From the time he joined the Los Angeles Lakers, there has been talk about whether Anthony Davis should be playing more power forward or center. While he obviously has the size to play center, he has been open about his preference to play forward.
There is plenty of evidence to suggest that the Lakers have been at their best when Davis is at the five and coming into this season, it sounded as if he was prepared to play more center. Recently, Frank Vogel has turned to that in his starting lineup, but it may have hindered them against the bigger, physical Milwaukee Bucks.
The Lakers were outrebounded and outscored in the paint with Giannis Antetokounmpo scoring a season-high 47 points in the Lakers’ seven-point loss in Milwaukee. Afterward Davis discussed where him playing center both helped and hurt L.A.
“It’s good for our spacing, good for Russ to get downhill,” Davis said. “Good for when I’m rolling, we got our shooters around, we missed a lot of timely shots, especially at the start of the fourth. It was a back-and-forth defensive game and Malik missed a couple, Baze missed two, Wayne missed two, shots weren’t going in. We were up one, up two and could put us up four or five, and then they come down and make some tough shots, Khris hit two threes and then it kinda just got them going and it gets us down six now. So I think it’s good when I’m at the five because it gives us spacing, it gives Russ a lot of spacing to get downhill.
“But then on the other side, we switch our pick-and-rolls and I’m guarding on the perimeter and then offensive rebounding has kind of been the problem because we got smaller guys. So it will look better when we have our bigger guards back, Bron, Trevor, and now we know we have size down on a glass, but guys are down in the fight and competing and that’s all we can ask for.”
The Bucks did an excellent job of targeting those switches to get the matchups they wanted. This often left the likes of Talen Horton-Tucker, Russell Westbrook and other small guards on Antetokounmpo and he feasted all night on them. But Davis did credit the two-time MVP for his perimeter work that forced the Lakers to defend him differently.
“I think he was 3-for-4 from three tonight. We want him shooting that three-ball. He’s gotten better at the midrange and the turnarounds, but we want him to shoot the three and everyone against the Lakers makes their threes. So we know he’s been working on it, but that’s a shot that we’re living with. And then, like I said, it was most of the times when we switched, just like last couple of plays, they throw it over the top and he’s there, or we in a pick-and-roll and I step up on a guard and now they got him in a pocket, and now he’s against a smaller guy. And sometimes he got downhill and attacked me a couple of times and then got to the basket.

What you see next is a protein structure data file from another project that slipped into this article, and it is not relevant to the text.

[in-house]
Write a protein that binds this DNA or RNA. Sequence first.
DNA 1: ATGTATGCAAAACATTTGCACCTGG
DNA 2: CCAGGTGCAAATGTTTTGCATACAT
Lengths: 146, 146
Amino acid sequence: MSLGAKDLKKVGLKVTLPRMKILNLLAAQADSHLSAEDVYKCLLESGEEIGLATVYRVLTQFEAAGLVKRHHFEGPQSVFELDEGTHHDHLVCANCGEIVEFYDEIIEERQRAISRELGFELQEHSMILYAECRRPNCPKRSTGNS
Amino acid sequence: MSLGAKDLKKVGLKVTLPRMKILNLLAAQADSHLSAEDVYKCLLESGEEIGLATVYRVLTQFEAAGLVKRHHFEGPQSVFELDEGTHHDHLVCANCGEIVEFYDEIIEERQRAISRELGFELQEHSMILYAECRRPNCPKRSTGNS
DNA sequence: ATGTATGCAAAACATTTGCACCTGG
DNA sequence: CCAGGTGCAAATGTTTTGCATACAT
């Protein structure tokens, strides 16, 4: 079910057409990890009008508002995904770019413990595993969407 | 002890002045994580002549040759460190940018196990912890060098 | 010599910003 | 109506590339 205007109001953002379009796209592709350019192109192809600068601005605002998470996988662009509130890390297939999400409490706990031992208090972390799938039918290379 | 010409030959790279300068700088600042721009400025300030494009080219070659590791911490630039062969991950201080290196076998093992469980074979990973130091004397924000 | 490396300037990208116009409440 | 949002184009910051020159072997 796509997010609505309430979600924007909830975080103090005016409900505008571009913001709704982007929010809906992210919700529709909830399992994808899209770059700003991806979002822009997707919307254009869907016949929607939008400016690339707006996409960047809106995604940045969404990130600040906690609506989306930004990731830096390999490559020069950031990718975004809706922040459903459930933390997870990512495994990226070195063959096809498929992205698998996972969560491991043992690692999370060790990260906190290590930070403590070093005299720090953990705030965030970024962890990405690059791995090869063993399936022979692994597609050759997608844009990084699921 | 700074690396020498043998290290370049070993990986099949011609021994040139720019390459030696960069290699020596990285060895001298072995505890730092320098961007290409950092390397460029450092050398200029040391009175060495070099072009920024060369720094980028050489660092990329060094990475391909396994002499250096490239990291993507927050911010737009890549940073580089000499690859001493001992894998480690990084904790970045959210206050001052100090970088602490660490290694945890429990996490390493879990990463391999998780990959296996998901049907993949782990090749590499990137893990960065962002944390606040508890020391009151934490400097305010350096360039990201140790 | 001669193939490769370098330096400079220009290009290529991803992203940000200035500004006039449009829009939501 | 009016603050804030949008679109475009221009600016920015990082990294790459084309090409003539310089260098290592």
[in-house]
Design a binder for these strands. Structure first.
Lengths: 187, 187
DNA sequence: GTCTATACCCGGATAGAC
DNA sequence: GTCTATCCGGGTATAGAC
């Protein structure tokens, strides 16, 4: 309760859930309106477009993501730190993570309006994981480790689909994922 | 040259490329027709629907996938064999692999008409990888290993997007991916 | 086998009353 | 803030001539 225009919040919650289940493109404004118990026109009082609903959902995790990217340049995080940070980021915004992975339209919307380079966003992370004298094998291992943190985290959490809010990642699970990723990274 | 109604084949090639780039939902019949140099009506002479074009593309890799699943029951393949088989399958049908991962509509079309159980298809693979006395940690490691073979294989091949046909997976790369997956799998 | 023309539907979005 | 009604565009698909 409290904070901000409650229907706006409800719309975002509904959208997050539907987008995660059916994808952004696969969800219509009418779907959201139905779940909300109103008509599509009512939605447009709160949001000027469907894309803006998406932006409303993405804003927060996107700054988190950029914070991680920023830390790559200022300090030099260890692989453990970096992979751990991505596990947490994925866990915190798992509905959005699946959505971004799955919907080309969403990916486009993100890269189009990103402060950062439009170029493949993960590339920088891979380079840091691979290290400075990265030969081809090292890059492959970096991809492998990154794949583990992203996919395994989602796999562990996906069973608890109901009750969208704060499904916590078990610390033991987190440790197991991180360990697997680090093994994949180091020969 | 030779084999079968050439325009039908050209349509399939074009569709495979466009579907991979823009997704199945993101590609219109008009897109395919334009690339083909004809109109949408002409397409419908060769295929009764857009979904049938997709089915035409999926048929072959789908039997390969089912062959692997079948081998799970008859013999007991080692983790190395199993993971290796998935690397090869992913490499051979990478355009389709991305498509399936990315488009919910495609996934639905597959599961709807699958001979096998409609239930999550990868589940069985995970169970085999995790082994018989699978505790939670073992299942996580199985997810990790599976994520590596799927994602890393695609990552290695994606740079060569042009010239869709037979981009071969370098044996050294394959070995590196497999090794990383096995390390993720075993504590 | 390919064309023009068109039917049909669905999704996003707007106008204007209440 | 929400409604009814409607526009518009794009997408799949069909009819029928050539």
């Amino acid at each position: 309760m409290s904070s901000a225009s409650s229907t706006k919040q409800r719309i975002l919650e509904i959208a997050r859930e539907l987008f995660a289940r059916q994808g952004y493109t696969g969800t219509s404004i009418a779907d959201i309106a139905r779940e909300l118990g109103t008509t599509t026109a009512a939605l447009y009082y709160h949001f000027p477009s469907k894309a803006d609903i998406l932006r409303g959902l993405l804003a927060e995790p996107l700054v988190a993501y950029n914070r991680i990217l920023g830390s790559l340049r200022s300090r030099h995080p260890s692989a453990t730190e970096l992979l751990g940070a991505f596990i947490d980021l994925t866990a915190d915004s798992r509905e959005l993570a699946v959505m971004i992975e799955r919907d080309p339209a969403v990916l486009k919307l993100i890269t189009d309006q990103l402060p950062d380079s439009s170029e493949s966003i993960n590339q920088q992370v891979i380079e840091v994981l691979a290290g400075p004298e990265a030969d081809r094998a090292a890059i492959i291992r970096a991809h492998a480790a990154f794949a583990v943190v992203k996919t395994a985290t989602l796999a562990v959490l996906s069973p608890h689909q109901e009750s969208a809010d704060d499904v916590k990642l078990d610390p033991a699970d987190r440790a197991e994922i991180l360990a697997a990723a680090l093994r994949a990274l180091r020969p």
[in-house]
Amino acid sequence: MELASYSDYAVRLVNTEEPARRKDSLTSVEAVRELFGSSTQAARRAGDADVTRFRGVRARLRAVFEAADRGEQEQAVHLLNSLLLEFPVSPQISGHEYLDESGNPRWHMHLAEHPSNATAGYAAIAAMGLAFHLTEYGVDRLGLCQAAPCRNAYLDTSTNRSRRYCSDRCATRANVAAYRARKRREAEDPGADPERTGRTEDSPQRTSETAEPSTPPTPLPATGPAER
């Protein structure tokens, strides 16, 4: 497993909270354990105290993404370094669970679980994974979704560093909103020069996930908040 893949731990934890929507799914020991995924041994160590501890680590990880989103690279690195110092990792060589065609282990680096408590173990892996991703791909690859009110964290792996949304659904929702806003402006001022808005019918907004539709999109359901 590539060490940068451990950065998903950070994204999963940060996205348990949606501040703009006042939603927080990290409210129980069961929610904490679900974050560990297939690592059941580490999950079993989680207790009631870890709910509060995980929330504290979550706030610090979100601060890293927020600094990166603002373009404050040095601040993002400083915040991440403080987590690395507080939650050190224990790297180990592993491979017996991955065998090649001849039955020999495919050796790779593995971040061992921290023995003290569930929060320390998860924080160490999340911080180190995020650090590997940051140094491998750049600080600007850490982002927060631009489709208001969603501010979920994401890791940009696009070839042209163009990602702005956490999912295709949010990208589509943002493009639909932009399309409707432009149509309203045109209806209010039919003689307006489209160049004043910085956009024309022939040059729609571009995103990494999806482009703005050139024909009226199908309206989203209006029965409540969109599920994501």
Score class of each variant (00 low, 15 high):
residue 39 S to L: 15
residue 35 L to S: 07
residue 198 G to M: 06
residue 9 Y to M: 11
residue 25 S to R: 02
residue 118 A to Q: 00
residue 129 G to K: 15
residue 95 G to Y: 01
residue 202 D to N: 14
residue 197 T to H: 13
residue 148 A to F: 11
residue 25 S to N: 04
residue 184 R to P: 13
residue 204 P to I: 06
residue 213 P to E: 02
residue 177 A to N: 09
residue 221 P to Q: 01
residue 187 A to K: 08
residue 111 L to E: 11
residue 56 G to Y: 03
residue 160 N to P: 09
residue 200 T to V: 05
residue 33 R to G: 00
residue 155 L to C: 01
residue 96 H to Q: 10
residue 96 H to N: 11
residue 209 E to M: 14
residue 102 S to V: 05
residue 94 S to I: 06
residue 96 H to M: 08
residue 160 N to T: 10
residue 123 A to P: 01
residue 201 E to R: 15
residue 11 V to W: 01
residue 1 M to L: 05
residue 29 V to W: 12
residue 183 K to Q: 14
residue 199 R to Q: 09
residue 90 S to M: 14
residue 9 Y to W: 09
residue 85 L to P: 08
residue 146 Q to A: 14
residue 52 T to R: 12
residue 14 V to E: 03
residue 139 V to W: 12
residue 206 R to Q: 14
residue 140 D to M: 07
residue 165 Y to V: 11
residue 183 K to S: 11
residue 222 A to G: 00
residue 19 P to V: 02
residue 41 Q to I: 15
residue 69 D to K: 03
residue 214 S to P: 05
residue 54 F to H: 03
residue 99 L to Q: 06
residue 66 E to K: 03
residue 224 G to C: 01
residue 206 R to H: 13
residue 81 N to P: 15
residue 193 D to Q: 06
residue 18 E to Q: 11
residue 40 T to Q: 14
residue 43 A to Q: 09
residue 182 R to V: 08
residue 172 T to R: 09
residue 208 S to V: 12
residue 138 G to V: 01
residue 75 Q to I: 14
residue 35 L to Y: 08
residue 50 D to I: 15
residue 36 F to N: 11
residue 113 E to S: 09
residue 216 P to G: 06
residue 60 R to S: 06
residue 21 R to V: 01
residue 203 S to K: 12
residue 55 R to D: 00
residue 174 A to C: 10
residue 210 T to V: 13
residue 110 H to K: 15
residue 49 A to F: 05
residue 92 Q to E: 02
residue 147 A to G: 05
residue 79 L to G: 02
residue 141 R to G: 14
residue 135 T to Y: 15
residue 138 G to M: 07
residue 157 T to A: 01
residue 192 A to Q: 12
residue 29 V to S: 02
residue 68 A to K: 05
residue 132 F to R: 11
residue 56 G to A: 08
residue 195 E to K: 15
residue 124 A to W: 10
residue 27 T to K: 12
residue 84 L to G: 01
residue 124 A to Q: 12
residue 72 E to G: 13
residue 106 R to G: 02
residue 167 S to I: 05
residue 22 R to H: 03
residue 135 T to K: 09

“But we kind of switched it up in the third quarter, just trying to be a little more physical and it slowed him down and he made a couple more jumpers. And then he got, when we went zone, they put him in the middle and he posts up to the basket, and now you’re scrambling because they overload one side. So they did a good job of trying to figure out that zone. But he’s a hell of a player. A lot of his shots were in the paint, most of them, but he was hitting some big time shots, kind of keeping us honest.”
While Antetokounmpo is still far from a sharpshooter, he has worked hard to improve his jump shot to a respectable level and it forces teams to guard him farther out on the perimeter. He hit 3-of-4 from deep against the Lakers and that made a major difference.
But Davis’ point about the Lakers’ lack of size on the wing is important. Without LeBron James as well as Trevor Ariza, the Lakers have been forced to play Horton-Tucker, Wayne Ellington and Malik Monk, all of whom are 6’4 or below, at forward, which can cause major problems against bigger wings and those switches Davis mentioned.
As with so many things for these Lakers, much can be potentially fixed if the team can get healthy but until that happens, they will have to figure out a solution.
Davis stepping up leadership role on Lakers with James out
Another area where James is missed is as a vocal leader on the court. He is one of the best leaders the NBA has ever seen and Davis is doing his best to step up in that role as well.
“Yeah, just leadership,” he said. “Melo is in my ear a lot just about leading the team and controlling the things, especially with LB out. And we don’t have all our guys yet, so guys are playing a lot of minutes right now.
“But it’s my job to make sure that I take command of the team and even when LB is playing. We had a little player meeting early in the season, well before the season, but that was one of the things that guys told me, just make sure I stay in control of the team and just putting guys where they need to be and doing it with leadership, just bring that leadership skill set out and just helping the guys out.”
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